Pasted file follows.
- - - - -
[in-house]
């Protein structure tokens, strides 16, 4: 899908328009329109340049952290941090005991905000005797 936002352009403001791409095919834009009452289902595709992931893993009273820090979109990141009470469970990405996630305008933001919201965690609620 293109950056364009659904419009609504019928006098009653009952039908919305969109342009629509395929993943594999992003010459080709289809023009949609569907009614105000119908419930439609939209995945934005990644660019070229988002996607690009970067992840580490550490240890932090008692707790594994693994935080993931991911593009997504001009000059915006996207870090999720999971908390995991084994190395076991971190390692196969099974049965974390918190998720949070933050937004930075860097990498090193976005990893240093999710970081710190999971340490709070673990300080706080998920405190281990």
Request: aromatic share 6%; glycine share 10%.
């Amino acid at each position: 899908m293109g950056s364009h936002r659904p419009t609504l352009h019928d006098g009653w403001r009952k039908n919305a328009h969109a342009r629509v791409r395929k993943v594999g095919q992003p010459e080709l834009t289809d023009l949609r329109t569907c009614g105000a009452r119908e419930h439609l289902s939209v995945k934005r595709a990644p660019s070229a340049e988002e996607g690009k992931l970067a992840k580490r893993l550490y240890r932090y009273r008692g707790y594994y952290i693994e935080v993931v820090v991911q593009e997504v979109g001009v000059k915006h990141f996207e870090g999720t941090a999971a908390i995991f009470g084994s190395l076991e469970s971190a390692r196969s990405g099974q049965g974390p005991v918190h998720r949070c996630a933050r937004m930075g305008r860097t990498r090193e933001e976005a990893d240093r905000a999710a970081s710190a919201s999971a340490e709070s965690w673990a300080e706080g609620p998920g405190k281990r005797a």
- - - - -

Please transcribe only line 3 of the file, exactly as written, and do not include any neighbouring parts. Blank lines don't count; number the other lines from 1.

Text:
Request: aromatic share 6%; glycine share 10%.